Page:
My rating: 3 of 5 stars
Published: May 15th, 2018
Publisher: Crown BFYR
Recommended Age: 11+
Genres & Themes: Young Adult, Romance, Culture, High School, Film Industry
Winnie Mehta was never really convinced that Raj was her soulmate, but their love was written in the stars. Literally, a pandit predicted Winnie would find the love of her life before her 18th birthday, and Raj meets all of the qualifications. Which is why Winnie is shocked to return from her summer at film camp to find her boyfriend of three years hooking up with Jenny Dickens. Worse, Raj is crowned chair of the student film festival, a spot Winnie was counting on for her film school applications. As a self-proclaimed Bollywood expert, Winnie knows this is not how her perfect ending is scripted. Then there’s Dev, a fellow film geek, and one of the few people Winnie can count on to help her reclaim control of her story. Dev is smart charming, and challenges Winnie to look beyond her horoscope to find someone she’d pick for herself. But does falling for Dev mean giving up on her prophecy, and her chance to live happily ever after? To get her Bollywood-like life on track, Winnie will need a little bit of help from fate, family, and of course, a Bollywood movie star.
“As much as I love Bollywood damsels in distress, I don’t need saving. I’m my own hero.”
Right now, there’s nothing else I want more than to watch a Bollywood movie and become as obsessed with them as Winnie Mehta is.
Personally, I’m sceptical of prophecies, and the astrologers that tell them, but Winnie isn’t. Her whole family has their own ‘‘pandit,’’ who has helped them, in a way, find true love and happiness.
So although this is not part of my culture, and as a reader I certainly questioned the prophecy, for Winnie it is an important part of her present and future.
I loved that. Even if people around her tell her how crazy she is to, for instance, date Raj partly because his name starts with an ‘‘R’’ and he gave her a silver bracelet (just like the pandit said), Winnie doesn’t let them take her belief away from her.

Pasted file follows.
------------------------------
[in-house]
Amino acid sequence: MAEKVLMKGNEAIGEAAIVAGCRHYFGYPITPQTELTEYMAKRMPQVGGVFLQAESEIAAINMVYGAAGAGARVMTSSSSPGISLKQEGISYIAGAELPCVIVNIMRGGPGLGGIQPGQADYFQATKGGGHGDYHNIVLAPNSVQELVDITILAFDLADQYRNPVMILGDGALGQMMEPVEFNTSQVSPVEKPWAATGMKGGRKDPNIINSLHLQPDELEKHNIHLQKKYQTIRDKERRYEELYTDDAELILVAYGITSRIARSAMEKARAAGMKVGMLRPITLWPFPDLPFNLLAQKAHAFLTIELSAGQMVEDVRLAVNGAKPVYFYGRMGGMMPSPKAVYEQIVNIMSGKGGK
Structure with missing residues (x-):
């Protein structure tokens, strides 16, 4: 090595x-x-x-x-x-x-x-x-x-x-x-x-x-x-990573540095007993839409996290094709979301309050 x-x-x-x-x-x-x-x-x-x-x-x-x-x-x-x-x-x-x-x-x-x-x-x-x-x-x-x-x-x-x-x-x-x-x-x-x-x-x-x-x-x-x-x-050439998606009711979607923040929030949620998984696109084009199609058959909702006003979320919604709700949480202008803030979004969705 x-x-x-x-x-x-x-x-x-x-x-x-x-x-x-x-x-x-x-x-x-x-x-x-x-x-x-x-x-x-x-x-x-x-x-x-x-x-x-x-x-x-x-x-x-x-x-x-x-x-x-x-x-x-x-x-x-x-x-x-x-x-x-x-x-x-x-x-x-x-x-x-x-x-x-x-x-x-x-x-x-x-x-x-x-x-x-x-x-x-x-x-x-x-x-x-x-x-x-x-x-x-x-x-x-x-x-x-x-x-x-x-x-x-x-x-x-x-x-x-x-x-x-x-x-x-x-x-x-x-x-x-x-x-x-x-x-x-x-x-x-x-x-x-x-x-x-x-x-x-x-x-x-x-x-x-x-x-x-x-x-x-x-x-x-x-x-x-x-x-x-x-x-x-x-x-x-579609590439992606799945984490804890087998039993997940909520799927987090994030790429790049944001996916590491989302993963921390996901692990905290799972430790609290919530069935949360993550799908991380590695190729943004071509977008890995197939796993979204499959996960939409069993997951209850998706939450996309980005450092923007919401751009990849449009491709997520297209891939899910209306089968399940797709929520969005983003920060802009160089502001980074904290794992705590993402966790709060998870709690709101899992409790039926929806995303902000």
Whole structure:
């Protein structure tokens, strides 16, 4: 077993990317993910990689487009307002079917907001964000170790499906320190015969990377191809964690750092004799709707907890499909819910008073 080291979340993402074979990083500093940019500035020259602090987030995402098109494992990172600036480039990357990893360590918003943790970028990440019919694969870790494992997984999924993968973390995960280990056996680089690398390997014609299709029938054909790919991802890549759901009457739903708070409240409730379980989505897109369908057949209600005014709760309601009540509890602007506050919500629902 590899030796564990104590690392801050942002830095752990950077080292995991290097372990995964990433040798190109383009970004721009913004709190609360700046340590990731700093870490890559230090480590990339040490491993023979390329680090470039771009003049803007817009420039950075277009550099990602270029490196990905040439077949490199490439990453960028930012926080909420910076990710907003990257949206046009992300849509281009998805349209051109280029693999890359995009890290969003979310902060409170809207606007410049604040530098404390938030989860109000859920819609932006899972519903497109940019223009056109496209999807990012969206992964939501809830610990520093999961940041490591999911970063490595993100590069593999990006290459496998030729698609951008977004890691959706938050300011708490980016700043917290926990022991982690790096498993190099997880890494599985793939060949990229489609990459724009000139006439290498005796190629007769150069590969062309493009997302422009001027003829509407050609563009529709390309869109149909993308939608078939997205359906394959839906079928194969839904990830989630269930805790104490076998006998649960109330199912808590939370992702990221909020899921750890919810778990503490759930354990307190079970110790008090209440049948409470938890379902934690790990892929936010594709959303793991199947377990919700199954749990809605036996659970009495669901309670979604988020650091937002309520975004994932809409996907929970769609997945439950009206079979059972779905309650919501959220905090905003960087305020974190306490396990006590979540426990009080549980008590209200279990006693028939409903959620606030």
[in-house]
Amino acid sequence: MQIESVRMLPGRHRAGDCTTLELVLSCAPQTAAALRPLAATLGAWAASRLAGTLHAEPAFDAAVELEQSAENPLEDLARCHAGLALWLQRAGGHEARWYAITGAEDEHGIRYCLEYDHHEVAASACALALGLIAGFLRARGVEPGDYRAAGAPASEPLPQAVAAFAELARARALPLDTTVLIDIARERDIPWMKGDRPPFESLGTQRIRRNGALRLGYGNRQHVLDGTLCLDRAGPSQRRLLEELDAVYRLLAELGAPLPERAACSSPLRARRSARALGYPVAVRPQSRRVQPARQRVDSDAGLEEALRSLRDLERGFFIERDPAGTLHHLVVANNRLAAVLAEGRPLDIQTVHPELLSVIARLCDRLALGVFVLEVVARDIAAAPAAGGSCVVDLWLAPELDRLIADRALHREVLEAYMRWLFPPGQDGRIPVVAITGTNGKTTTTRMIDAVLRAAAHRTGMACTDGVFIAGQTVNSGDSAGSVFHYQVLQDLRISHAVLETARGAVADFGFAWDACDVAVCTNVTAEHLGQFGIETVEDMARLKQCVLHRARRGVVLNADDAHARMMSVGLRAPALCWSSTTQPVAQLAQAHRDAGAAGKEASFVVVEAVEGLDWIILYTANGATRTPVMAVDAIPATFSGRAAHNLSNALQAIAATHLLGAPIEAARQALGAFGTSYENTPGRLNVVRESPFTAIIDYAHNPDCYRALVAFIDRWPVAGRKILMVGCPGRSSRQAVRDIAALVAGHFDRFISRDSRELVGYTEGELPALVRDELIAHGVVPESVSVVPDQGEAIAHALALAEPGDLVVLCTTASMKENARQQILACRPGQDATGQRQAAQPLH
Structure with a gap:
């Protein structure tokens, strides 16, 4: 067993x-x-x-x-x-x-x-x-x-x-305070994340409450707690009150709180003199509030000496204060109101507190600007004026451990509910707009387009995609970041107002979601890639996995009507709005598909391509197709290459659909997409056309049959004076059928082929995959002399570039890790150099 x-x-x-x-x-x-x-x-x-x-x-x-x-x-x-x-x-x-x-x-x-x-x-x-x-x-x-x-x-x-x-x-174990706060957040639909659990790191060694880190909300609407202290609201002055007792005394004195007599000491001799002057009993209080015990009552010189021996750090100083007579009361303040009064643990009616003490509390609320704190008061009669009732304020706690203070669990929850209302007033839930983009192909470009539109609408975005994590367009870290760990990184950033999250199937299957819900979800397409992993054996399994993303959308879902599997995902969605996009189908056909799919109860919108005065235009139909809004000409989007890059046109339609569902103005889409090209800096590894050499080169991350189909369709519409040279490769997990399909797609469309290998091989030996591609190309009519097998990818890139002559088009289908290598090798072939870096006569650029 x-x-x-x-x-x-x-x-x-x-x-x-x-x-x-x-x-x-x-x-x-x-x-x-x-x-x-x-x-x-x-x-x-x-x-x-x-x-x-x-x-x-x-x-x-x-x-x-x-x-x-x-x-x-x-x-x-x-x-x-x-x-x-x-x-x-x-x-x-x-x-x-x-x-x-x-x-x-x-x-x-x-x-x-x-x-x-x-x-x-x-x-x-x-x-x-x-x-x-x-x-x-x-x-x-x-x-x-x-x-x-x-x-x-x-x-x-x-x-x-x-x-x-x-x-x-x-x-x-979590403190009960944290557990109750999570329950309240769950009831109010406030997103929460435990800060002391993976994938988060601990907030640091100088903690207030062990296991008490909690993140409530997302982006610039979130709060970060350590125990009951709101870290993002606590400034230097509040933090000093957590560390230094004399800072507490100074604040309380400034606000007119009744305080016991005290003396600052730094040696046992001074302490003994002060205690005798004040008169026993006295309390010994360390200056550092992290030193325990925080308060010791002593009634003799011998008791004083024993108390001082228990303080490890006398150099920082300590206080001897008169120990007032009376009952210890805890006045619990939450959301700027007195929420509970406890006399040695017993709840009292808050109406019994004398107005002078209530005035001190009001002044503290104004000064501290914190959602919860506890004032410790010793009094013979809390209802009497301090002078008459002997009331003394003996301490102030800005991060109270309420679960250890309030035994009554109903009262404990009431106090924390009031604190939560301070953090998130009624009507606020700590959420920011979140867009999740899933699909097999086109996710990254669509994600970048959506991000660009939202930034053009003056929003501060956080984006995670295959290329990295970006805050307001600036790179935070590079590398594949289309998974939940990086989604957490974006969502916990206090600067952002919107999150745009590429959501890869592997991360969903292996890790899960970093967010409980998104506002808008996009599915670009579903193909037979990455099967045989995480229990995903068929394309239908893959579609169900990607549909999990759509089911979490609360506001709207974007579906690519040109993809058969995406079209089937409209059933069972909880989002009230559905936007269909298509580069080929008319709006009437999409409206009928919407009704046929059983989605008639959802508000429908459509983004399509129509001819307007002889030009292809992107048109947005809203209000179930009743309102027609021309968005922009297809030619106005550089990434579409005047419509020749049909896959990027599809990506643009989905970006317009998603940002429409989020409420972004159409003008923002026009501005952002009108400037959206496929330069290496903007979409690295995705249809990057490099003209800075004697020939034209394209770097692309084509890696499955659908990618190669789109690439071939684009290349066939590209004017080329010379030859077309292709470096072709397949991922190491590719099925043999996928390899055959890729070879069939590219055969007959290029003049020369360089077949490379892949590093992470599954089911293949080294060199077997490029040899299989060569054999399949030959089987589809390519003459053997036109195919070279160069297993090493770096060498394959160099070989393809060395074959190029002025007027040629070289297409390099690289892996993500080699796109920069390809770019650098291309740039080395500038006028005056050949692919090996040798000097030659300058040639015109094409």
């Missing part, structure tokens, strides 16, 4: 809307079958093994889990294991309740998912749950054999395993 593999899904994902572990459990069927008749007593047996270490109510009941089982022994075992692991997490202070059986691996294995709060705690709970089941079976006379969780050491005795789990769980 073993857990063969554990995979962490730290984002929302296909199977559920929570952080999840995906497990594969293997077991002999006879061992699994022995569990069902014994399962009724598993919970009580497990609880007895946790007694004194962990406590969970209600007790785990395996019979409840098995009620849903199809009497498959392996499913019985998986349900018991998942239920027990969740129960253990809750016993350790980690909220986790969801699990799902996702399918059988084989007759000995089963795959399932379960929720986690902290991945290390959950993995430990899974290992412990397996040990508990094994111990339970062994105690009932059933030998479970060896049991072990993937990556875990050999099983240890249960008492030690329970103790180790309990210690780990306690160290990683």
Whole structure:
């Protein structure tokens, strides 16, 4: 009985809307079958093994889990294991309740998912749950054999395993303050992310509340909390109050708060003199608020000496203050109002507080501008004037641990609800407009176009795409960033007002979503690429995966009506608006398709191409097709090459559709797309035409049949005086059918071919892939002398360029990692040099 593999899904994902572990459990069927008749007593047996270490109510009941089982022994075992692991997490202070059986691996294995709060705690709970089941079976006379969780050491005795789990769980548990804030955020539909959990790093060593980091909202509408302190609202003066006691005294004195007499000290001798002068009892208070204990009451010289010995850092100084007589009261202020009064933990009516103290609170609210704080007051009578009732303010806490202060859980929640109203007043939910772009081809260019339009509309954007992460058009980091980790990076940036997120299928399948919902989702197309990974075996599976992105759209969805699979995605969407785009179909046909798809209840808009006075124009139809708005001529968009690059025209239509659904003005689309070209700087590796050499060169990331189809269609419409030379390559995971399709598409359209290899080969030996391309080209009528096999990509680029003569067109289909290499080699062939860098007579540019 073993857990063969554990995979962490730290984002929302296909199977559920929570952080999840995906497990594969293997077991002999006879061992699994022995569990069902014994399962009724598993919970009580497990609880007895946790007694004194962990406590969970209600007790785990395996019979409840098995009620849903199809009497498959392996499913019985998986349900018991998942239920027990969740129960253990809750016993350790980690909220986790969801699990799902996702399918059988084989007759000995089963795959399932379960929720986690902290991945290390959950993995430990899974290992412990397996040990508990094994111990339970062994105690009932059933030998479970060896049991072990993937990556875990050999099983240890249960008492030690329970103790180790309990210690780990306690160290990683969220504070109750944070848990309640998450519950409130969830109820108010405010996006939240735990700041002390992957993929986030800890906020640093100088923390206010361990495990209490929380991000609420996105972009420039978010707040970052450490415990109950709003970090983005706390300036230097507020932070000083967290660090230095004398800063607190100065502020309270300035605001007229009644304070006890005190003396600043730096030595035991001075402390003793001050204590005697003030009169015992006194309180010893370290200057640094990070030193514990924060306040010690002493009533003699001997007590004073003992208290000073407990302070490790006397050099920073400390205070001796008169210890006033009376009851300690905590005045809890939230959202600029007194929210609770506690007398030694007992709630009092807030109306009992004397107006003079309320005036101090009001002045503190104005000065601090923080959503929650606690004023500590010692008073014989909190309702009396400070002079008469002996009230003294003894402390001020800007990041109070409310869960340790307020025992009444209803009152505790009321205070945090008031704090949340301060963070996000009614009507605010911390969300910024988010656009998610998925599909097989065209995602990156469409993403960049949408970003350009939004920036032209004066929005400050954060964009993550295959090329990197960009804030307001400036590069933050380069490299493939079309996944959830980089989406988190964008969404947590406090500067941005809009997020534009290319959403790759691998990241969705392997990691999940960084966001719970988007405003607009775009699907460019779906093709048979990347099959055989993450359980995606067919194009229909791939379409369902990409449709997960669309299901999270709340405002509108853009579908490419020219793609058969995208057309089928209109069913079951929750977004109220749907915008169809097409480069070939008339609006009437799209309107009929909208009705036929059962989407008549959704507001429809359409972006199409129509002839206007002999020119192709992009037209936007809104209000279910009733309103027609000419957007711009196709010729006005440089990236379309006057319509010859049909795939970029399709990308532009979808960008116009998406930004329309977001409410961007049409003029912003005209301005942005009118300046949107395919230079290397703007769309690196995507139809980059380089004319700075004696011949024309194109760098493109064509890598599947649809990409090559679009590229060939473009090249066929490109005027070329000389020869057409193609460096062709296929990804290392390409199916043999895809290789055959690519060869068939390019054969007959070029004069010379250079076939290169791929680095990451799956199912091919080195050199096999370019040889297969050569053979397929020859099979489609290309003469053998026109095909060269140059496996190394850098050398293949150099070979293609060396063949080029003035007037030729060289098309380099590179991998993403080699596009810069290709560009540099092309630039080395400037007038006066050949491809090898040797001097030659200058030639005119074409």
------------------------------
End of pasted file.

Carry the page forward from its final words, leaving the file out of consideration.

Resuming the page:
Except, after Raj cheats on her, she does start to look at the prediction differently and begins the process of taking control of her own destiny, in any way possible.
The Bollywood movie references went over my head. But Winnie – and so the author – does a good job of introducing me, a Canadian born Romanian girl, to the Indian film industry and the importance of cheesy stories with love triangles and dances and songs to the whole Indian population.
Actually, it was very sweet to see how much love matters to not only Winnie and her family, but the Indian boys she dates. There’s nothing cuter than a boy who believes in love, and not because they think that’s what girls like, but because they want a great love story, too.
Now, as lovely as it is, there are things that bothered me for sure, like the fact that even though she is almost eighteen, she behaves like a fifteen-year-old girl who has led a sheltered life. Because she has. That’s fine, if you’re okay with heroines lacking maturity, but there’s also the problem of the story being pretty predictable, containing a jealous girlfriend who finds it necessary to commit revengeful deeds, as well as a ton of miscommunication.
It’s pleasant, and the Indian culture definitely adds originality to the storyline but, if I were you, I wouldn’t expect it to be entirely a breath of fresh air. Still, worth a read.
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